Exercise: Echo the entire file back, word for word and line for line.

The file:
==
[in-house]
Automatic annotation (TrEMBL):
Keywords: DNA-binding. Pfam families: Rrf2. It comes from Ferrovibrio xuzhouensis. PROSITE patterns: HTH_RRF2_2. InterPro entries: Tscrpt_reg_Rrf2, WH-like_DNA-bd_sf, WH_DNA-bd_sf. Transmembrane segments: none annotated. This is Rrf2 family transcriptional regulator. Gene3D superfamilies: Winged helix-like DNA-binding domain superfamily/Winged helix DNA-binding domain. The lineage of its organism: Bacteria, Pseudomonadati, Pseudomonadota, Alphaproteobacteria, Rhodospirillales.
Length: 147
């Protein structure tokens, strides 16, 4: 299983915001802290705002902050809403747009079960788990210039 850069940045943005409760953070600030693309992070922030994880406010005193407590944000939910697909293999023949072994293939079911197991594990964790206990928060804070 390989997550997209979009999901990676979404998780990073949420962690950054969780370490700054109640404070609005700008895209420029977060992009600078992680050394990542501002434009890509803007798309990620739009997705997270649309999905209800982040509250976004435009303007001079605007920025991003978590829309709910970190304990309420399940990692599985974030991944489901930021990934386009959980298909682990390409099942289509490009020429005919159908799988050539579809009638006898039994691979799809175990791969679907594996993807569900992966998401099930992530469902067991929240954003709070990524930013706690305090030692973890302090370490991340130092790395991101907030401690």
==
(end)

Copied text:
[in-house]
Automatic annotation (TrEMBL):
Keywords: DNA-binding. Pfam families: Rrf2. It comes from Ferrovibrio xuzhouensis. PROSITE patterns: HTH_RRF2_2. InterPro entries: Tscrpt_reg_Rrf2, WH-like_DNA-bd_sf, WH_DNA-bd_sf. Transmembrane segments: none annotated. This is Rrf2 family transcriptional regulator. Gene3D superfamilies: Winged helix-like DNA-binding domain superfamily/Winged helix DNA-binding domain. The lineage of its organism: Bacteria, Pseudomonadati, Pseudomonadota, Alphaproteobacteria, Rhodospirillales.
Length: 147
């Protein structure tokens, strides 16, 4: 299983915001802290705002902050809403747009079960788990210039 850069940045943005409760953070600030693309992070922030994880406010005193407590944000939910697909293999023949072994293939079911197991594990964790206990928060804070 390989997550997209979009999901990676979404998780990073949420962690950054969780370490700054109640404070609005700008895209420029977060992009600078992680050394990542501002434009890509803007798309990620739009997705997270649309999905209800982040509250976004435009303007001079605007920025991003978590829309709910970190304990309420399940990692599985974030991944489901930021990934386009959980298909682990390409099942289509490009020429005919159908799988050539579809009638006898039994691979799809175990791969679907594996993807569900992966998401099930992530469902067991929240954003709070990524930013706690305090030692973890302090370490991340130092790395991101907030401690």